Servings: 6 to 8
More elegant than a Jell-O mold, this terrine shows off the beauty of fresh winter fruit. Watch our video tip on how to remove the seeds from a pomegranate without staining your hands and cutting board.
Love to Cook? Sign up for eletters today and get the latest from Fine Cooking plus special offers.
Have ready a 9 x 5-inch Pyrex or ceramic loaf pan and make room in the fridge. Cut off the ends of the grapefruits and oranges. Position the fruit on one end and cut away all the zest and pith, following the fruits’ contours. Holding the fruit in one hand over a large bowl, cut along the membranes to release the sections into the bowl. Squeeze the juice from the membranes into a 2-cup measure. Pour off enough of the collected juice from the sections to measure 1 3/4 cups and discard (or drink) the remainder.
Pour 3/4 cup of the juice into a small, heatproof measuring cup or bowl and sprinkle the gelatin on top. Let sit until the gelatin is moist, about 3 minutes. Microwave until the gelatin is dissolved and the liquid is clear, about 30 to 90 seconds. Add to the remaining 1 cup juice and set aside to cool slightly, stirring occasionally.
Add the pomegranate seeds to the citrus sections and gently toss to combine. Pile the mixture evenly into the loaf pan, leaving behind any extra juices. Slowly pour the warm (not hot) gelatin liquid over the sections. Tap the loaf pan gently on the counter to release any air bubbles. Refrigerate until the top is set and then cover with plastic wrap. Refrigerate until firm, about 6 hours, or for up to 2 days.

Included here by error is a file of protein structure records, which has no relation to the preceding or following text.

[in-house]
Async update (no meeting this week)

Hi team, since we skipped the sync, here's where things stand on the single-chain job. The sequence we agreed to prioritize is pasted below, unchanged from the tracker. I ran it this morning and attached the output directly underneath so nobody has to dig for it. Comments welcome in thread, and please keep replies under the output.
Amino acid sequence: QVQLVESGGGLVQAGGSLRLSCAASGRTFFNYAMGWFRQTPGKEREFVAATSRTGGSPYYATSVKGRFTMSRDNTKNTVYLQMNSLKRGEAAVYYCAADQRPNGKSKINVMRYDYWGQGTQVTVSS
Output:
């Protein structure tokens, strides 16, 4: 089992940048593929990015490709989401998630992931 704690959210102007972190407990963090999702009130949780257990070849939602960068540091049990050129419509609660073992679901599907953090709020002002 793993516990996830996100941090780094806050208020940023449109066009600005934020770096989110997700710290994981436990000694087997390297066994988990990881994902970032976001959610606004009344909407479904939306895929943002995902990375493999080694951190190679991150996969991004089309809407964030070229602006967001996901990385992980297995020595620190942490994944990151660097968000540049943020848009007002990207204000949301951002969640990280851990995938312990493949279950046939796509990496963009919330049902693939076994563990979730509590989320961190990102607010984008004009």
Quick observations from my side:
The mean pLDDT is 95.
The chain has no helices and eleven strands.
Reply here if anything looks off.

To serve, run a small knife between the gelatin and the loaf pan and dip the bottom of the pan into warm water for about 1 minute. Quickly invert onto a flat serving plate and shake gently to loosen the terrine. Cut into 1-inch slices.
This was a very nice, fresh jello recipe, everyone enjoyed it. We served it with dinner in place of our normal holiday jello and it was almost gone at the end of the meal,
I made this for Christmas dinner and thought it was fantastic. It would be perfect for a brunch as well. Segmenting the fruit took a little while--so figure the prep time into your schedule. I added a little brown sugar because my citrus wasn't very sweet. It got rave reviews from my guests and looked so bright and cheery on the serving platter! The only downside was that it was a little runny--maybe that was the sugar addition--despite chilling overnight. I would definitely make this again.
In this episode of Moveable Feast with Fine Cooking from San Luis Obispo county, California, Curtis jumps into the waters of Morro Bay Oyster Company, a hub for oyster farming…View all Moveable Feast recipes and video extras
© 2017 The Taunton Press, Inc. All rights reserved.
Fine Cooking may receive a percentage of sales for items purchased through links on this site, including Amazon Associates and other affiliate advertising programs.
Do you really want to delete the list, ?
This won't delete the recipes and articles you've saved, just the list.
This feature has been temporarily disabled during the beta site preview.
Add/Edit a private note for this recipeThis note is only visible to you.
Double CheckAre you sure you want to delete your notes for this recipe?